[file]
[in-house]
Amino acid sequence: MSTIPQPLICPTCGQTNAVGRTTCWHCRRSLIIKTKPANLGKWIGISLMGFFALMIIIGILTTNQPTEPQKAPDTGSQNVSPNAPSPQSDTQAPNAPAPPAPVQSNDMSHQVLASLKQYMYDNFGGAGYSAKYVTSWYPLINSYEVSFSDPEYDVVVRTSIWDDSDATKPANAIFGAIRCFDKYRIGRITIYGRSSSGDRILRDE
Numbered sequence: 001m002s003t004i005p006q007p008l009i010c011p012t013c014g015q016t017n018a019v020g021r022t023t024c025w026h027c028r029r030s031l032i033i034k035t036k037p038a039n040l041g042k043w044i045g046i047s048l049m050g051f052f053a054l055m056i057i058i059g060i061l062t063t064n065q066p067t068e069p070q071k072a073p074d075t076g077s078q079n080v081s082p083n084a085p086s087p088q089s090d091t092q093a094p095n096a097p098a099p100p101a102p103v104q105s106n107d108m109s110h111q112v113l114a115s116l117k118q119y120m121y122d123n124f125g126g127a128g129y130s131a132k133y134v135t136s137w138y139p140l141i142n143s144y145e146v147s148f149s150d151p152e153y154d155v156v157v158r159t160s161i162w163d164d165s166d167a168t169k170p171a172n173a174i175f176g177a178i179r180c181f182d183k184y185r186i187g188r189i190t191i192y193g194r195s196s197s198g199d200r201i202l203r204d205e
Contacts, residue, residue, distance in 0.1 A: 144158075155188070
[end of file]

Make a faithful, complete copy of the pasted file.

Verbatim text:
[in-house]
Amino acid sequence: MSTIPQPLICPTCGQTNAVGRTTCWHCRRSLIIKTKPANLGKWIGISLMGFFALMIIIGILTTNQPTEPQKAPDTGSQNVSPNAPSPQSDTQAPNAPAPPAPVQSNDMSHQVLASLKQYMYDNFGGAGYSAKYVTSWYPLINSYEVSFSDPEYDVVVRTSIWDDSDATKPANAIFGAIRCFDKYRIGRITIYGRSSSGDRILRDE
Numbered sequence: 001m002s003t004i005p006q007p008l009i010c011p012t013c014g015q016t017n018a019v020g021r022t023t024c025w026h027c028r029r030s031l032i033i034k035t036k037p038a039n040l041g042k043w044i045g046i047s048l049m050g051f052f053a054l055m056i057i058i059g060i061l062t063t064n065q066p067t068e069p070q071k072a073p074d075t076g077s078q079n080v081s082p083n084a085p086s087p088q089s090d091t092q093a094p095n096a097p098a099p100p101a102p103v104q105s106n107d108m109s110h111q112v113l114a115s116l117k118q119y120m121y122d123n124f125g126g127a128g129y130s131a132k133y134v135t136s137w138y139p140l141i142n143s144y145e146v147s148f149s150d151p152e153y154d155v156v157v158r159t160s161i162w163d164d165s166d167a168t169k170p171a172n173a174i175f176g177a178i179r180c181f182d183k184y185r186i187g188r189i190t191i192y193g194r195s196s197s198g199d200r201i202l203r204d205e
Contacts, residue, residue, distance in 0.1 A: 144158075155188070